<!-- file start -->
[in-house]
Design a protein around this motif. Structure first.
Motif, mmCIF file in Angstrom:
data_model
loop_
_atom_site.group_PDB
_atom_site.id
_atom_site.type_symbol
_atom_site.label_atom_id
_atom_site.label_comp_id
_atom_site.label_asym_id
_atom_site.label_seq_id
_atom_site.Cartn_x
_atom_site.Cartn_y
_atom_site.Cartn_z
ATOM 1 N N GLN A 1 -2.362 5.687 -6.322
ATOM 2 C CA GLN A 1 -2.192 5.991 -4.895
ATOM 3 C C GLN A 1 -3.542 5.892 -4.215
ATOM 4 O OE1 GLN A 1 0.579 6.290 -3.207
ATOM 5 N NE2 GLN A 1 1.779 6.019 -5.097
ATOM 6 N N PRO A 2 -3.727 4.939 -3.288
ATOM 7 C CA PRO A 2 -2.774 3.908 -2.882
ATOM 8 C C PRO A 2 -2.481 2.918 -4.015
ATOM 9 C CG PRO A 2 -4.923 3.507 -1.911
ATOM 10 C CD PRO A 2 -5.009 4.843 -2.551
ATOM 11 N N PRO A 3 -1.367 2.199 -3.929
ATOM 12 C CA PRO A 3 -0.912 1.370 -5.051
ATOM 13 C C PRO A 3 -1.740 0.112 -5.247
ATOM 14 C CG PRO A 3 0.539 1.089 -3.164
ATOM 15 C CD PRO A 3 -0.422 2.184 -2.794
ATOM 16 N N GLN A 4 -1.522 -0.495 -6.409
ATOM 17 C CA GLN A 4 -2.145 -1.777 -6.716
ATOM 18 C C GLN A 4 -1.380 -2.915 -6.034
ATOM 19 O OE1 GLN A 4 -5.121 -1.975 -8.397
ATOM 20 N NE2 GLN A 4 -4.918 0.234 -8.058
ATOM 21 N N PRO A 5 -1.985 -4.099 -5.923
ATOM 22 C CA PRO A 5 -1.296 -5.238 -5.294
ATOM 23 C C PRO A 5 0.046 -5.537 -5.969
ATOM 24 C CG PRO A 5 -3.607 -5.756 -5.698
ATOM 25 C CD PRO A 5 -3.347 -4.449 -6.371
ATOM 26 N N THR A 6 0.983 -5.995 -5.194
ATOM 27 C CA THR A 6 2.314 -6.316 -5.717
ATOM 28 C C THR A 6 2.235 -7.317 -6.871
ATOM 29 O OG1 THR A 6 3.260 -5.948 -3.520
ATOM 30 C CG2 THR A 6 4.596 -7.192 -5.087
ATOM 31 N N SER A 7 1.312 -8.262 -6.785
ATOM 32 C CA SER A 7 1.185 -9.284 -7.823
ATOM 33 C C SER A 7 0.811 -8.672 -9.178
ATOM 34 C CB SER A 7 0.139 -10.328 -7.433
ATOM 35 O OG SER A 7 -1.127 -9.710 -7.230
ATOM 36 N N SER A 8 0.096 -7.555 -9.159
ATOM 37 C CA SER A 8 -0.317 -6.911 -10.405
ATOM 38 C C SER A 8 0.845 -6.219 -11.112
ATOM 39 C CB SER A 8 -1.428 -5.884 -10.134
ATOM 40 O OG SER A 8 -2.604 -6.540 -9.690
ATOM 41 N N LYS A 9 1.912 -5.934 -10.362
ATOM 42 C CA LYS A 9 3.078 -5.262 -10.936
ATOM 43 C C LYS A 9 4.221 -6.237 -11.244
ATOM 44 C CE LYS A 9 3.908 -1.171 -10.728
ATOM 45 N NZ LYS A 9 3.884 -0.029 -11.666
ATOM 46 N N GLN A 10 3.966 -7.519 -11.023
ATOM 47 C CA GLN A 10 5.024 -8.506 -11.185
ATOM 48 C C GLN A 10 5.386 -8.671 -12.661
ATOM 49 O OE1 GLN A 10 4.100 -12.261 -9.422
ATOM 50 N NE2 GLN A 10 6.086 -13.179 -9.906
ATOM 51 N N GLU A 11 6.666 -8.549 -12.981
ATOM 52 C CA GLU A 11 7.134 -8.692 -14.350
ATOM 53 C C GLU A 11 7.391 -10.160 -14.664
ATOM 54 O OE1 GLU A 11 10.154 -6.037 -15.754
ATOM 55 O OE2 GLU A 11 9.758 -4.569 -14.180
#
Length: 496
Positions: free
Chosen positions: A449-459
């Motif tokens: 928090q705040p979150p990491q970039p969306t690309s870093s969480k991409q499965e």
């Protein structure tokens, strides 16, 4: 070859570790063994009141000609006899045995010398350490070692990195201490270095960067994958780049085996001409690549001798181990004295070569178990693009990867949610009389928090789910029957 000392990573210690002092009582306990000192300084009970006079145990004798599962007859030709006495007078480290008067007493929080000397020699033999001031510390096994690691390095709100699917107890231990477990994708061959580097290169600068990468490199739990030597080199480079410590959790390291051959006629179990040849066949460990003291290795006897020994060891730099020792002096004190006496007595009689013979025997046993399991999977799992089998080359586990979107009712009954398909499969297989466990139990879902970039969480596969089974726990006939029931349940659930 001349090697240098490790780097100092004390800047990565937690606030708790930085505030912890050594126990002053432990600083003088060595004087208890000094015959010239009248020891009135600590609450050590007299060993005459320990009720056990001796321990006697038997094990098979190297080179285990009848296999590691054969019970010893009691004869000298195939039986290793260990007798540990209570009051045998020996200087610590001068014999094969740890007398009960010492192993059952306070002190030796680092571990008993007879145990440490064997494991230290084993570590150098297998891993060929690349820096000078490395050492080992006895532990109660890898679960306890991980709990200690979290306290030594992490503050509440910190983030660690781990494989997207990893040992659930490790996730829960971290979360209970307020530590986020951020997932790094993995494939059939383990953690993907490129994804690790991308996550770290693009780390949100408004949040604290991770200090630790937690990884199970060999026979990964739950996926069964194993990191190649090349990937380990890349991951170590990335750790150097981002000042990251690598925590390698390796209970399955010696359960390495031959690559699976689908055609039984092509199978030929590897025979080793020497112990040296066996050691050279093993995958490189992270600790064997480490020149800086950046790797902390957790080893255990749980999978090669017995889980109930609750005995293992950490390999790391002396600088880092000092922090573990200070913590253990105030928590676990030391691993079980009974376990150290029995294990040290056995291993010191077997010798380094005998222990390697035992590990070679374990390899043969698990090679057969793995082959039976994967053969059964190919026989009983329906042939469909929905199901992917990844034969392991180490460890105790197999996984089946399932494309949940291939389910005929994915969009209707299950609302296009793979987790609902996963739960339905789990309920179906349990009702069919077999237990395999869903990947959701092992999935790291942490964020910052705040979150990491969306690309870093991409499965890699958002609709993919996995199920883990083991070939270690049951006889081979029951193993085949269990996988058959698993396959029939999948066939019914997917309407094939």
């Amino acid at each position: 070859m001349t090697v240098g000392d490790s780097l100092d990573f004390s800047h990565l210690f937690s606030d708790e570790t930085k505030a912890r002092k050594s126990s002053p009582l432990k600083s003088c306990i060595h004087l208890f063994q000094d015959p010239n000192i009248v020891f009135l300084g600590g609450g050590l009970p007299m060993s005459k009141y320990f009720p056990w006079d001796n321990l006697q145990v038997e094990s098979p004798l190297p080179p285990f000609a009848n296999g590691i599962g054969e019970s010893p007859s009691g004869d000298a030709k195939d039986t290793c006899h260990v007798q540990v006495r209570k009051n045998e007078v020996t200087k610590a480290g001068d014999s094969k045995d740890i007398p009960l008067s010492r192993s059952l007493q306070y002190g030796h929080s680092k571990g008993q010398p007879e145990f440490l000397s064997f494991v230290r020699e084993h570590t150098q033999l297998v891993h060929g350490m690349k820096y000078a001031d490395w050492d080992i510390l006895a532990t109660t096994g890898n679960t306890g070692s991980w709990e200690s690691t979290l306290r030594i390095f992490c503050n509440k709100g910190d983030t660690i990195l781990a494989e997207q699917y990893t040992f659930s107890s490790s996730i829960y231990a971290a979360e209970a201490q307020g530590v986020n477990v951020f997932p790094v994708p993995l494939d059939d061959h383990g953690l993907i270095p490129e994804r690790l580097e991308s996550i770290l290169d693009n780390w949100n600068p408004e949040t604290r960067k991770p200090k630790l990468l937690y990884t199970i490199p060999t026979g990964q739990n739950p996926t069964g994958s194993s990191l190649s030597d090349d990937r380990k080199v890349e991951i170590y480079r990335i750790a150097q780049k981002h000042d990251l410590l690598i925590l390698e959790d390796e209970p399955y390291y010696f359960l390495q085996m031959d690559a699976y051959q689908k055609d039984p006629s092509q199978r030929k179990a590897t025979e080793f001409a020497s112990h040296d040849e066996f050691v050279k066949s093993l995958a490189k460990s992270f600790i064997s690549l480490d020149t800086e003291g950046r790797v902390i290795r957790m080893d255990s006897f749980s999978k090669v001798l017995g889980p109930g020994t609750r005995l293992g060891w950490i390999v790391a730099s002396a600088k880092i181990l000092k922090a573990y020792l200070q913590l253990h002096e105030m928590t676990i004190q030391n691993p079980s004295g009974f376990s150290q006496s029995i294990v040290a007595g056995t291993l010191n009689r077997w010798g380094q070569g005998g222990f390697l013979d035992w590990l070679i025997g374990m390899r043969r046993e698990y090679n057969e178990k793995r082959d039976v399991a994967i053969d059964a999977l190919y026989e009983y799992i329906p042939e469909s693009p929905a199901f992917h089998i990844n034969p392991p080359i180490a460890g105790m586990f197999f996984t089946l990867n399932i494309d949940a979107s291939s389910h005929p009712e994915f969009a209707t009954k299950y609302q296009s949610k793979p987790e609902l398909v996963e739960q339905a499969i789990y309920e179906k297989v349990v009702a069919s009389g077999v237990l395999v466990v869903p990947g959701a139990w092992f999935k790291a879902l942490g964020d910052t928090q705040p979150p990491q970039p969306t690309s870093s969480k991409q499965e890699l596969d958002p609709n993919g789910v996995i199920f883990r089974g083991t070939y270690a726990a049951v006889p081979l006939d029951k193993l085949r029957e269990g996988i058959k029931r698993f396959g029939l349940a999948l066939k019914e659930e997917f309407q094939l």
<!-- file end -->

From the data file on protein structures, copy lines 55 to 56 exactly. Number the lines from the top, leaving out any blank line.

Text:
ATOM 40 O OG SER A 8 -2.604 -6.540 -9.690
ATOM 41 N N LYS A 9 1.912 -5.934 -10.362